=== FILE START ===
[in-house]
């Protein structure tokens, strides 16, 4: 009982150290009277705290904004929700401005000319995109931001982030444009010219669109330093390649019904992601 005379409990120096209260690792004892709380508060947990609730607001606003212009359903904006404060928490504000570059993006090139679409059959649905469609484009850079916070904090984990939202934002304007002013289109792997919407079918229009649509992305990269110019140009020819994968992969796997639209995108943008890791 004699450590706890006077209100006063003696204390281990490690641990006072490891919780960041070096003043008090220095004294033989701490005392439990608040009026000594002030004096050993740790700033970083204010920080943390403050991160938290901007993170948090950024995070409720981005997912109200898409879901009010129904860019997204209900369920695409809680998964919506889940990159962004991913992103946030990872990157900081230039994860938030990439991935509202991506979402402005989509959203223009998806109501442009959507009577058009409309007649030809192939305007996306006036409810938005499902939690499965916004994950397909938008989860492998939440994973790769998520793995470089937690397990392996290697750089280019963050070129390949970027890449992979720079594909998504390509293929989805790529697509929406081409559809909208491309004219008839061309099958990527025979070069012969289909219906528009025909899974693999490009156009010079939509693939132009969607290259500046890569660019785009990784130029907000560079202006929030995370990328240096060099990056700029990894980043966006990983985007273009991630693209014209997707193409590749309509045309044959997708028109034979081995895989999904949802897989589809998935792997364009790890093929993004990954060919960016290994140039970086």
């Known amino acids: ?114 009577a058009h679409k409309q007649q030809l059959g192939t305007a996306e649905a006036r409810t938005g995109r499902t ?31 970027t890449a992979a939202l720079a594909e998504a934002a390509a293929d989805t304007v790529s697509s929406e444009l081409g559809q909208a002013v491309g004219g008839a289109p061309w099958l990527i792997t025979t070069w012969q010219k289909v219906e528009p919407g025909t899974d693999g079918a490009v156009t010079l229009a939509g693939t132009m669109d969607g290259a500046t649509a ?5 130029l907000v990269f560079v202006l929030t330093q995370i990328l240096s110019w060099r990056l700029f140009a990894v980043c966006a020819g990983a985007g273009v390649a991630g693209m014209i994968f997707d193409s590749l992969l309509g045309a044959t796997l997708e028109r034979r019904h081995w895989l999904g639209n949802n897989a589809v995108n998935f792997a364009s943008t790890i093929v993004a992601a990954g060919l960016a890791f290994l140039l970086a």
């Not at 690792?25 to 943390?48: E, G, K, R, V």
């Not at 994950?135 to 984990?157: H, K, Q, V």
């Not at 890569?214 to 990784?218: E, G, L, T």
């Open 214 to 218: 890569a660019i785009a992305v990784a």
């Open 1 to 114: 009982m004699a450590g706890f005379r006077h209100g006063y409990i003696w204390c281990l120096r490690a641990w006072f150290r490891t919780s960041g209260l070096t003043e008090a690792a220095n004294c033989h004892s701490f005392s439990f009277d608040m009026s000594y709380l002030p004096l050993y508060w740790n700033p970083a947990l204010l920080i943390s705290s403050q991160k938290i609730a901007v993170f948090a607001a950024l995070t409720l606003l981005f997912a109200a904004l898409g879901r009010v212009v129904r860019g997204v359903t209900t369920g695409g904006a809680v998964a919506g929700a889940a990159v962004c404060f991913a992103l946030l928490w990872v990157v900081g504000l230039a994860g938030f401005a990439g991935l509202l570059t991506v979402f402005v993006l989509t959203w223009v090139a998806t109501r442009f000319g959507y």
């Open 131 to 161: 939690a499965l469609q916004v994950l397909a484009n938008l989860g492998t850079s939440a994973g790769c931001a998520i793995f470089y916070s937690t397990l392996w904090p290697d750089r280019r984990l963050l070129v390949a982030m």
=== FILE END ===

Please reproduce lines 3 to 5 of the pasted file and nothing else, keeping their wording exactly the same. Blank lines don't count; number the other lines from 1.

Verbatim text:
């Known amino acids: ?114 009577a058009h679409k409309q007649q030809l059959g192939t305007a996306e649905a006036r409810t938005g995109r499902t ?31 970027t890449a992979a939202l720079a594909e998504a934002a390509a293929d989805t304007v790529s697509s929406e444009l081409g559809q909208a002013v491309g004219g008839a289109p061309w099958l990527i792997t025979t070069w012969q010219k289909v219906e528009p919407g025909t899974d693999g079918a490009v156009t010079l229009a939509g693939t132009m669109d969607g290259a500046t649509a ?5 130029l907000v990269f560079v202006l929030t330093q995370i990328l240096s110019w060099r990056l700029f140009a990894v980043c966006a020819g990983a985007g273009v390649a991630g693209m014209i994968f997707d193409s590749l992969l309509g045309a044959t796997l997708e028109r034979r019904h081995w895989l999904g639209n949802n897989a589809v995108n998935f792997a364009s943008t790890i093929v993004a992601a990954g060919l960016a890791f290994l140039l970086a």
């Not at 690792?25 to 943390?48: E, G, K, R, V």
């Not at 994950?135 to 984990?157: H, K, Q, V």